Opinion

Sunday 24 September 2017

Euro stuck in danger zone without an escape plan

Timid leadership and restrictive policy means we are unlikely to have a sustainable recovery, writes Colm McCarthy

IN THE ZONE: A banner showing a Latvian euro coin at the European Commission headquarters in Brussels. The country will join the eurozone on January 1, and the currency union will then have a total number of 18 members. Photo: Francois Lenoir
IN THE ZONE: A banner showing a Latvian euro coin at the European Commission headquarters in Brussels. The country will join the eurozone on January 1, and the currency union will then have a total number of 18 members. Photo: Francois Lenoir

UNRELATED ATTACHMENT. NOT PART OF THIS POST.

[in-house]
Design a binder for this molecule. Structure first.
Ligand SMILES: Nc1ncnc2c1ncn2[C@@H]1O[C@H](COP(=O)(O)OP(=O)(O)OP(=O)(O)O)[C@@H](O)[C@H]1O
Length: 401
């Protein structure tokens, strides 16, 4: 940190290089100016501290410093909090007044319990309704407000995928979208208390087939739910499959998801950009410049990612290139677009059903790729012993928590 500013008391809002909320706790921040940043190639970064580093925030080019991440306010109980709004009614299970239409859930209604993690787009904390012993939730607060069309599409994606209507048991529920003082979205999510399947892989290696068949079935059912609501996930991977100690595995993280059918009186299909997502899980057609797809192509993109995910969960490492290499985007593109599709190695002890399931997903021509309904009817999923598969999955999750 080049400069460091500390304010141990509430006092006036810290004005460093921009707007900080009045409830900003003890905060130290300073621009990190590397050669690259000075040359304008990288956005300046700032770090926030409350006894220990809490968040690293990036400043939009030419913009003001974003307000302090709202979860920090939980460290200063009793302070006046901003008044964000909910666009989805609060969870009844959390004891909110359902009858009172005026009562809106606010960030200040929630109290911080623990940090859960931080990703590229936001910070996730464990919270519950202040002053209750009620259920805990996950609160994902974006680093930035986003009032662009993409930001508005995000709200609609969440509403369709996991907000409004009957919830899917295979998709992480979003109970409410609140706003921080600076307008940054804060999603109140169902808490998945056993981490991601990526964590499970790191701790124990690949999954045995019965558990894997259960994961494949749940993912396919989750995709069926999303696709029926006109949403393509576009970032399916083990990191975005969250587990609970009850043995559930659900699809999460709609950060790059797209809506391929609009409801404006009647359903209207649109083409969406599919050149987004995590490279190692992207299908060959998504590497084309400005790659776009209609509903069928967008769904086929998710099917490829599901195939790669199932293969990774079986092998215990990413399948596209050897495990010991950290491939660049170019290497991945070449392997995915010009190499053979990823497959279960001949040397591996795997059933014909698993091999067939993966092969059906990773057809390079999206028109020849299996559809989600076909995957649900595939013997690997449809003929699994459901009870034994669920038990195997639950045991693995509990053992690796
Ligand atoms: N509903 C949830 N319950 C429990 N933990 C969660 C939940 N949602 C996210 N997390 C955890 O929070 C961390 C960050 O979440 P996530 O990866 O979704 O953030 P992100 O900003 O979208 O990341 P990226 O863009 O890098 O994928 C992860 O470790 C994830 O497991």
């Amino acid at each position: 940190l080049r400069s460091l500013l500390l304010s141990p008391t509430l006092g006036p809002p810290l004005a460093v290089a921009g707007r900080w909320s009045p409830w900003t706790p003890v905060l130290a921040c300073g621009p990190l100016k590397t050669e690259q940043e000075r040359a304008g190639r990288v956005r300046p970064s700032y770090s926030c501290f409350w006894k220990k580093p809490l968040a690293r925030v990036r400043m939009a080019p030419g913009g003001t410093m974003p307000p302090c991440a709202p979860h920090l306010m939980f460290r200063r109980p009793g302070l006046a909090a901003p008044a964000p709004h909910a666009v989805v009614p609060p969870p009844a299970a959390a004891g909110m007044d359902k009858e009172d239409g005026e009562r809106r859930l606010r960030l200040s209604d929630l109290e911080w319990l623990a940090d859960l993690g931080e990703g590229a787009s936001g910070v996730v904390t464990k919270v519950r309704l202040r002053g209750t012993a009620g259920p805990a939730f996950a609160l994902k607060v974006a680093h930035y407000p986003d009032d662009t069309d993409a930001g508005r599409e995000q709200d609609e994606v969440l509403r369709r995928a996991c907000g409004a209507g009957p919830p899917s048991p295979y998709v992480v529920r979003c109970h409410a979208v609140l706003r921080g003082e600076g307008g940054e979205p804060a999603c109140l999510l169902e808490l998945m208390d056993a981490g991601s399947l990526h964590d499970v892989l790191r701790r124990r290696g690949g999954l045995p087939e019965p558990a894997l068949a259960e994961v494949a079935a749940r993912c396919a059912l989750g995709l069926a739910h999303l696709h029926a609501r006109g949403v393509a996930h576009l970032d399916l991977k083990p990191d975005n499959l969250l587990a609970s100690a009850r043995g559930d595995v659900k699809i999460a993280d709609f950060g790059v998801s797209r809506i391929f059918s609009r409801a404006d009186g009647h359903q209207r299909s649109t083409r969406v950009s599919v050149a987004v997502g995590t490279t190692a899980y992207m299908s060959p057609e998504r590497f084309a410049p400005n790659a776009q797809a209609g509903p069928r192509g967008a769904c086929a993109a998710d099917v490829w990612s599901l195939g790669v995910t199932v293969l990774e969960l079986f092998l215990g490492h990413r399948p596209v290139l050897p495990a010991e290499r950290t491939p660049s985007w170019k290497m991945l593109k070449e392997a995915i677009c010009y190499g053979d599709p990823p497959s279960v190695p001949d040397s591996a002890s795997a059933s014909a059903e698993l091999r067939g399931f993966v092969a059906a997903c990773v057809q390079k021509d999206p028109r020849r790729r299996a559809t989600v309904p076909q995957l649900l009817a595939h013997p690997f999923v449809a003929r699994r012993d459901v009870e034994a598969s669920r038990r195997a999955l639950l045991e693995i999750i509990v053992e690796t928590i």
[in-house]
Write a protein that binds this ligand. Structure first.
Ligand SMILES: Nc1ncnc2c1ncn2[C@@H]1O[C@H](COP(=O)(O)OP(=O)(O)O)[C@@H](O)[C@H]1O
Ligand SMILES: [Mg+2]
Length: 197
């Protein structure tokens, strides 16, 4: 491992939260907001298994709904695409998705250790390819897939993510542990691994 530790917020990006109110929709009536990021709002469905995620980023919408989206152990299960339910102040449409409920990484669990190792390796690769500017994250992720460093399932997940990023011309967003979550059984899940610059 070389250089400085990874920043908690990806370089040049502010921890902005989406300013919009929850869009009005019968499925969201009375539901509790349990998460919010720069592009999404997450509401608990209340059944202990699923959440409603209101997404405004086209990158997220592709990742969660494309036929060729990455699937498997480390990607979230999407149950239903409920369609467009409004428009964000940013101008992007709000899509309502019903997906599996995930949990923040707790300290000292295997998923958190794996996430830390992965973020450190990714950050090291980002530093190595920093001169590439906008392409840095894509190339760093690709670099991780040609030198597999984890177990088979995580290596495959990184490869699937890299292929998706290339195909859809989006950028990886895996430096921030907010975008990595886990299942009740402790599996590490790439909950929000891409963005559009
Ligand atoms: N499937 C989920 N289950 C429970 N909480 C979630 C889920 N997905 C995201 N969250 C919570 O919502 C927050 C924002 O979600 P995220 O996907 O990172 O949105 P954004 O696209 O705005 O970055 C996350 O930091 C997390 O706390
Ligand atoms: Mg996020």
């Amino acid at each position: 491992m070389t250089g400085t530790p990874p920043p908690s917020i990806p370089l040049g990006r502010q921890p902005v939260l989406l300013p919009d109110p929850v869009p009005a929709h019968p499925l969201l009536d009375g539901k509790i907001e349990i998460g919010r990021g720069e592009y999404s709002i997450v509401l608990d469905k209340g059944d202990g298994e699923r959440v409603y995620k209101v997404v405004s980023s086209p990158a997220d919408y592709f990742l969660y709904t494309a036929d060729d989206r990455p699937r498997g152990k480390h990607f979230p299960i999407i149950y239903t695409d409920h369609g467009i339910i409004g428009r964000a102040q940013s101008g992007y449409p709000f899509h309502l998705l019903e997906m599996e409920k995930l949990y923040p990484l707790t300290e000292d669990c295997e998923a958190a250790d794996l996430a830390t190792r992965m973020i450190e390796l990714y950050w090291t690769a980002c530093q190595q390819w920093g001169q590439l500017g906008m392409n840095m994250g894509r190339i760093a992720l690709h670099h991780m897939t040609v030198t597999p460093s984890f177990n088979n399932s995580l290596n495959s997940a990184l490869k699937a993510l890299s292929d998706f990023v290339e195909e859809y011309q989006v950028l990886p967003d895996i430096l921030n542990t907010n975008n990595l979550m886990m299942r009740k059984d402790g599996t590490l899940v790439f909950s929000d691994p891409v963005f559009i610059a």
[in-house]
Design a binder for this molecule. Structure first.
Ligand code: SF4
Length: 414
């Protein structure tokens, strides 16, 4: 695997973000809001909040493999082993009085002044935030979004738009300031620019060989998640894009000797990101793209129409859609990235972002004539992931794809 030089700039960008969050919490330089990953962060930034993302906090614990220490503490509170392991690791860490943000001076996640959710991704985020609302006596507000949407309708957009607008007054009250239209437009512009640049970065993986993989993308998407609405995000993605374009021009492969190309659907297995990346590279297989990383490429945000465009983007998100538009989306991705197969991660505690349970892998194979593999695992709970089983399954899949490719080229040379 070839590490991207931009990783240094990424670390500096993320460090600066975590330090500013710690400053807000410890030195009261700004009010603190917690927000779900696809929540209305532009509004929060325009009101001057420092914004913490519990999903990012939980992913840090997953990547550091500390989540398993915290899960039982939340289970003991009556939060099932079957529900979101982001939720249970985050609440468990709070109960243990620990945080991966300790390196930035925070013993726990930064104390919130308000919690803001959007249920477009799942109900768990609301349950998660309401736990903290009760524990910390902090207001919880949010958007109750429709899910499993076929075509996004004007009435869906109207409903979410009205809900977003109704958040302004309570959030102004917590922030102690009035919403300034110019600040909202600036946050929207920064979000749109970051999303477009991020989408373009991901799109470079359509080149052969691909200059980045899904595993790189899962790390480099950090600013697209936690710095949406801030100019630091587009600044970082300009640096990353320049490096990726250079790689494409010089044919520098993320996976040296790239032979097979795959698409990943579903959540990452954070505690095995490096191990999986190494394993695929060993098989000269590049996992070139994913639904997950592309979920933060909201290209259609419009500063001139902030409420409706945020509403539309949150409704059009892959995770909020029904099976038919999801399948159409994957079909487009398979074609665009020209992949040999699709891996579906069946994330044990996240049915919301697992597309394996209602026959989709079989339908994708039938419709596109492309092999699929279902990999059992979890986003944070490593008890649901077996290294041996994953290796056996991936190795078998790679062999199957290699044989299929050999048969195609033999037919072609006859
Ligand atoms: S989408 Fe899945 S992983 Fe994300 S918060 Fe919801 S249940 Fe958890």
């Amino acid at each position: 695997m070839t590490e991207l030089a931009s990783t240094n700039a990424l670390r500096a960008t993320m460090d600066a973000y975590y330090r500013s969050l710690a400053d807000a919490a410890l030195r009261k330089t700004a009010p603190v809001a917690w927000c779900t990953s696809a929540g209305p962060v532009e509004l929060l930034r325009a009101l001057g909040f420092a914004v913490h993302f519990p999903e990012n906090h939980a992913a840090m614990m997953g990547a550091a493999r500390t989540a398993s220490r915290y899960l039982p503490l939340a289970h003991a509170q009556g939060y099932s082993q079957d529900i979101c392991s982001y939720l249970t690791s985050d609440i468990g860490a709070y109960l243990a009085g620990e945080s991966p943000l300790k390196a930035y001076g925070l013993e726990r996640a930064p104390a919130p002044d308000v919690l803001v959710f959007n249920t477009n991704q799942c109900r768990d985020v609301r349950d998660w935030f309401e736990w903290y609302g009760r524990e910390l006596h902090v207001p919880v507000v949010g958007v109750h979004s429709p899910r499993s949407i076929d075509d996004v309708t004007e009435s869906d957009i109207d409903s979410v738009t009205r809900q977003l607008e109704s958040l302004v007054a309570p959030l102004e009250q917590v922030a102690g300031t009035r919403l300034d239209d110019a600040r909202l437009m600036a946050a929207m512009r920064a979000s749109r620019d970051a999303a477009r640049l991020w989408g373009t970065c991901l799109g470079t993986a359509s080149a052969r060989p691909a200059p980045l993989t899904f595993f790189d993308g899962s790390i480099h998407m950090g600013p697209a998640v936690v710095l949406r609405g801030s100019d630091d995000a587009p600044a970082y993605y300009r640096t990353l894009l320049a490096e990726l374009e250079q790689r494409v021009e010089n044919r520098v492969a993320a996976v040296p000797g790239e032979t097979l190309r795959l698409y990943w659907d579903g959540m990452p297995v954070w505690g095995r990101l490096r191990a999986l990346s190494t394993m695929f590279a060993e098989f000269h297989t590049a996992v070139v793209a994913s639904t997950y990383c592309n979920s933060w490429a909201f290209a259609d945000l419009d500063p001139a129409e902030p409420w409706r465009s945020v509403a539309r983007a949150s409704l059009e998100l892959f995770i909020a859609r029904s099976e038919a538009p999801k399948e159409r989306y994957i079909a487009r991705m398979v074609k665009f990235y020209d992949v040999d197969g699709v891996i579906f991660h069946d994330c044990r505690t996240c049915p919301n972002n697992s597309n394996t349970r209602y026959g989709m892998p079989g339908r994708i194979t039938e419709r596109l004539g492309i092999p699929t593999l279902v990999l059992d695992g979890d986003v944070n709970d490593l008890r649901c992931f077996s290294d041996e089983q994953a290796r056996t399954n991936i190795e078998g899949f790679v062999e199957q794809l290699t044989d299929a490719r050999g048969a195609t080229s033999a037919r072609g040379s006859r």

Colm McCarthy

Colm McCarthy

Rosy assessments of economic prospects in Europe keep running up against a few inconvenient truths: the economies in most countries are showing no signs of recovery, the banking system is still broken and there is no political willingness to fix it.

The overall stance of macroeconomic policy at eurozone level remains restrictive, despite the evidence of widespread stagnation. The policy stance is to issue upbeat forecasts while doing nothing to make them a reality.

The eurozone is entering the sixth year of the banking crisis with no evidence that the critical lessons have been learnt or that serious safeguards against a repetition have been put in place. There is no sign of political commitment to a proper banking union and the financial system still looks fragile. This overshadows prospects for sustainable recovery in Europe generally and particularly in Ireland, one of the principal casualties of the eurozone debacle.

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